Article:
Although revenue management software has become an important tool for many multifamily firms, it can’t be relied on completely for calling pricing shots, experts say.

Sean Burton, president of Los Angeles-based CityView, says revenue management programs can be used as helpful background data, but it can’t replace human intuition. After implementing the technology, Burton found that it didn't quite achieve the optimal results.

"We found in some of our projects, when the property management teams have relied too heavily on it, they can become a little lackadaisical. The issue we’ve faced is, we haven’t seen the revenue growth that we wanted,” he says. “So there’s a number of projects that we’ve gone in and we’ve said O.K. we’re still going to use it but it’s just going to be a data point, we’re still going let the manager make the decision.”

And using a blend of the data and human analysis to make the call has led to higher rent growth at those properties, Burton says.

During a session at the MFE Conference in Las Vegas on Sept. 23, Burton was joined by several other CEOs and discussed the current state of multifamily management and operations.

Rick Graf, CEO of Addison, Texas-based Pinnacle, says his management company has about 50,000 units out of 135,000 on revenue management software and his staff tweaks the data here and there.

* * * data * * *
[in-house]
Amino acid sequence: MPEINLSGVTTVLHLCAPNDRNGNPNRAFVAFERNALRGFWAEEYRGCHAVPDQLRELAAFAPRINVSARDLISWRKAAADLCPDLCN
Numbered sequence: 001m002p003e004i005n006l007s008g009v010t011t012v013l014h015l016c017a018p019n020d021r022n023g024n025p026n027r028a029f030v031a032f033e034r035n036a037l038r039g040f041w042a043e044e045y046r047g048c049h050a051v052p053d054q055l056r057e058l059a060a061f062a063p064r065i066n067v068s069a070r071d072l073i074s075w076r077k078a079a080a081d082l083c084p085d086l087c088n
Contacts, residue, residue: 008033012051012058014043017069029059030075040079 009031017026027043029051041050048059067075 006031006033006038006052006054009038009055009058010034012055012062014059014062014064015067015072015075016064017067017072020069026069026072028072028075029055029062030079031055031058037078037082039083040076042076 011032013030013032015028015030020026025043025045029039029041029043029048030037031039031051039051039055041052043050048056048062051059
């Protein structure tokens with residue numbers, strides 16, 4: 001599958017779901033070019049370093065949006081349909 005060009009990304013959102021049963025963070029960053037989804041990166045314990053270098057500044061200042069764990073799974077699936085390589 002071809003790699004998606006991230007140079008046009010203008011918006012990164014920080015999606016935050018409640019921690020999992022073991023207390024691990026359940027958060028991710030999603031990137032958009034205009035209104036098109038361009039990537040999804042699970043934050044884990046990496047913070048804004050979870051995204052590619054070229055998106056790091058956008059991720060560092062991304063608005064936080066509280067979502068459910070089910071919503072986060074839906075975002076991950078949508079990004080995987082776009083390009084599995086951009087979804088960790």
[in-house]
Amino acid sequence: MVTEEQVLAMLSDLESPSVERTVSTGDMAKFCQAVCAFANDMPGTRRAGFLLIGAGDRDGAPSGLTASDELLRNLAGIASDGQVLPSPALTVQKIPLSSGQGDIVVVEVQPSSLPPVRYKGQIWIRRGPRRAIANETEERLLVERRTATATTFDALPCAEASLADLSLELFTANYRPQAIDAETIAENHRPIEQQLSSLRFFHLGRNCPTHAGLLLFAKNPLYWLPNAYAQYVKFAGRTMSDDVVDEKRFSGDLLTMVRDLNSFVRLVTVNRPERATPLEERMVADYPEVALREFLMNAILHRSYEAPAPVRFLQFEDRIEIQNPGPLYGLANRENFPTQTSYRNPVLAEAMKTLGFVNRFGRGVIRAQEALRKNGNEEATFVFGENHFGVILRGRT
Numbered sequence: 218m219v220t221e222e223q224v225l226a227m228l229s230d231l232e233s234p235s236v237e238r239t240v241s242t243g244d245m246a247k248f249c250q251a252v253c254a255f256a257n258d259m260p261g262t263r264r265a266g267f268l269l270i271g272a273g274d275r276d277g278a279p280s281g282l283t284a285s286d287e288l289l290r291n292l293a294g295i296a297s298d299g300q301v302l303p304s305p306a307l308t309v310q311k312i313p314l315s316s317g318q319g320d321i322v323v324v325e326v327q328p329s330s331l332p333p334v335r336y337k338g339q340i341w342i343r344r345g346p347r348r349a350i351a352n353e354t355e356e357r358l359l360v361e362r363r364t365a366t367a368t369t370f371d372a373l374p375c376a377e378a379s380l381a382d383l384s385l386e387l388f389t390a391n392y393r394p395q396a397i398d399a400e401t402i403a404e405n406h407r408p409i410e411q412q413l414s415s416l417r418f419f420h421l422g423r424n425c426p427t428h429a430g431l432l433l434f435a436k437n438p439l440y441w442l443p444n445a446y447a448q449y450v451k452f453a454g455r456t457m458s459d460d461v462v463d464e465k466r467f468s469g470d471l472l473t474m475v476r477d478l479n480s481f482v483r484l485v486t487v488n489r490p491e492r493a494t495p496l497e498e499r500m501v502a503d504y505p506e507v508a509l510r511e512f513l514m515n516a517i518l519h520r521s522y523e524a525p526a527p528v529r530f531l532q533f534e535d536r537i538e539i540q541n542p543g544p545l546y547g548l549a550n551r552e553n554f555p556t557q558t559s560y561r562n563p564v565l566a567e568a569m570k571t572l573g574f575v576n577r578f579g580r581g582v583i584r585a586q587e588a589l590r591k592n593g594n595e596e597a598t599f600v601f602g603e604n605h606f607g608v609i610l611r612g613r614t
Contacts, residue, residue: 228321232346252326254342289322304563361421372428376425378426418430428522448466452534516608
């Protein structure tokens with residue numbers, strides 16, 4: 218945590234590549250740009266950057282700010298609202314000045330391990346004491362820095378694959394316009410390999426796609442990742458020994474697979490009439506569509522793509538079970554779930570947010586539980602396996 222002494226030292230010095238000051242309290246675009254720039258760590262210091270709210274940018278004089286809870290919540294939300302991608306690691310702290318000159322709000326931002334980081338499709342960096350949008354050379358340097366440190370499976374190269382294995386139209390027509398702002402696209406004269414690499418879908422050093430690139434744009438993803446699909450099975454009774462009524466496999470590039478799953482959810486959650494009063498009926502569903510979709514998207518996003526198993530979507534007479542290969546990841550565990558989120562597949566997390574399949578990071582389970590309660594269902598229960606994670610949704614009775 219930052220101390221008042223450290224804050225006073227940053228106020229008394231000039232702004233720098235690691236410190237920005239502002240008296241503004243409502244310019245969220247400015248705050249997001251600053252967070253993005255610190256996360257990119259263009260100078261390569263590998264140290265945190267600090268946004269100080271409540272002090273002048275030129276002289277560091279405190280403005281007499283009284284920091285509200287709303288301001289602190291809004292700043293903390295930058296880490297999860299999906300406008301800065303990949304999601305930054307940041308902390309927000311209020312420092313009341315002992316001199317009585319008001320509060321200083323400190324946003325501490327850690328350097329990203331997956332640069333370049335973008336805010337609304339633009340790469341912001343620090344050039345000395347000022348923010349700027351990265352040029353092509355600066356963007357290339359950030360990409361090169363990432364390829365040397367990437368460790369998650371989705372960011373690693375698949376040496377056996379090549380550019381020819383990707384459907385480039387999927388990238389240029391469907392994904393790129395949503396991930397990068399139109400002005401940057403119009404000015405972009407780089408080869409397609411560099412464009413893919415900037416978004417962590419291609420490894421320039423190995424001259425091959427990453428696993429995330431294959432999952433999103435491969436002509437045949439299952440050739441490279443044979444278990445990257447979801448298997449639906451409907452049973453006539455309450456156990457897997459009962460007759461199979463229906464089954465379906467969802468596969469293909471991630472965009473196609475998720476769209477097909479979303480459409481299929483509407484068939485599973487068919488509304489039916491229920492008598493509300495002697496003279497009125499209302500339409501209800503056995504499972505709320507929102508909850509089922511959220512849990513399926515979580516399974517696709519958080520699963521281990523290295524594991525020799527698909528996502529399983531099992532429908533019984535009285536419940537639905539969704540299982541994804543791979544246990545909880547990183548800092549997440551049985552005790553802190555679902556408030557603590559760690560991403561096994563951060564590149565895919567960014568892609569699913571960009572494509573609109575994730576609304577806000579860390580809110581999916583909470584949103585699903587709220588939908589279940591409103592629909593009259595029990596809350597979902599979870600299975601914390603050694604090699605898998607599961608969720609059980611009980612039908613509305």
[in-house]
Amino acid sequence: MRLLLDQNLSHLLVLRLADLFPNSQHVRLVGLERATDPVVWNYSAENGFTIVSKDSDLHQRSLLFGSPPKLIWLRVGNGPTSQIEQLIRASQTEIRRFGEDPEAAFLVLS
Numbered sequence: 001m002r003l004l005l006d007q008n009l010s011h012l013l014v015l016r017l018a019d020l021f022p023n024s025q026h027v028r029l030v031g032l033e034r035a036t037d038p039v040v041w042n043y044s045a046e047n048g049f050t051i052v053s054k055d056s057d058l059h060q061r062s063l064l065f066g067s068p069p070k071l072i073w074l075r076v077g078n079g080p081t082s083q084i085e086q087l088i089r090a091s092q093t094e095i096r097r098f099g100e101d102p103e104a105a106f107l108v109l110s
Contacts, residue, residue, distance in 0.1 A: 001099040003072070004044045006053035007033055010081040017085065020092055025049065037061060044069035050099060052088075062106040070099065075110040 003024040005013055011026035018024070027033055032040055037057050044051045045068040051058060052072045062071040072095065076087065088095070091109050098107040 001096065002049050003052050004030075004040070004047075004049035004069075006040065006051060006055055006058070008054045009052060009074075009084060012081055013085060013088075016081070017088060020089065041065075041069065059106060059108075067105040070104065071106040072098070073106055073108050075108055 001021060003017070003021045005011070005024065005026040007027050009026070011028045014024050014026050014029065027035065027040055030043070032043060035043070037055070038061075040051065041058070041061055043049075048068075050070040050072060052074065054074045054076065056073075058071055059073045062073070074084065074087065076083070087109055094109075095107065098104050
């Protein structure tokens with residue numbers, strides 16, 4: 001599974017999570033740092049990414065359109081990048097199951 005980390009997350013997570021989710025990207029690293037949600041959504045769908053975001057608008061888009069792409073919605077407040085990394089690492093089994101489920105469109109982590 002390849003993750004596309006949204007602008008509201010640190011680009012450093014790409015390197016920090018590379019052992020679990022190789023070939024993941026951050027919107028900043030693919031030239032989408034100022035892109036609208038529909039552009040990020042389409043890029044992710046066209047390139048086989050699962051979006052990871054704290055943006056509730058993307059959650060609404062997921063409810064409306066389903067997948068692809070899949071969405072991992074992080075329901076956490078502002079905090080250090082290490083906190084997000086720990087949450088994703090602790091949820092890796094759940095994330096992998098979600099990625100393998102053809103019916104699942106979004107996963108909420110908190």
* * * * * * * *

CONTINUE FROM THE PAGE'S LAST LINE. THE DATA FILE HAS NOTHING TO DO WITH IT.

“If you turn the switch on and you walk away and turn your brain off, I think you’re not totally utilizing the tool for what it’s meant to be," says Graf. "It’s been a great tool for us, particularly as the markets are going up.

Greg Mutz, CEO of Chicago-based AMLI Residential, agrees. He believes putting the tool on autopilot is a dangerous mistake and it takes a lot more than just an increase to drive a renter away.

"It’s not a black box and if you just put it on automatic mode ... and you don’t really engage the staff and don’t engage the residents, and don’t think about what you’re doing, you’re making a big mistake," Mutz said.

But the discussion then turned to the issue of affordability and to what degree the current pace of rent growth is sustainable. Will the issue of affordability ultimately slow down growth?

"A big risk for all of us is, corn don’t grow to the moon, and we’ve been averaging 5 percent for four years now," said Mutz. "And you can’t get rents going up at 5 and real incomes going up at 2 and a half or 3 [percent] and have that continue for any long period of time, the math just doesn’t work.

"Lots of people now are talking about this very phenomenon. There’s only so much Ritz and Four Seasons," Mutz said. "Sooner or later, there's Motel 6; people are going to come back with a product that’s more affordable."

Lindsay Machak is an associate editor for Multifamily Executive. Connect with her on Twitter @LMachak.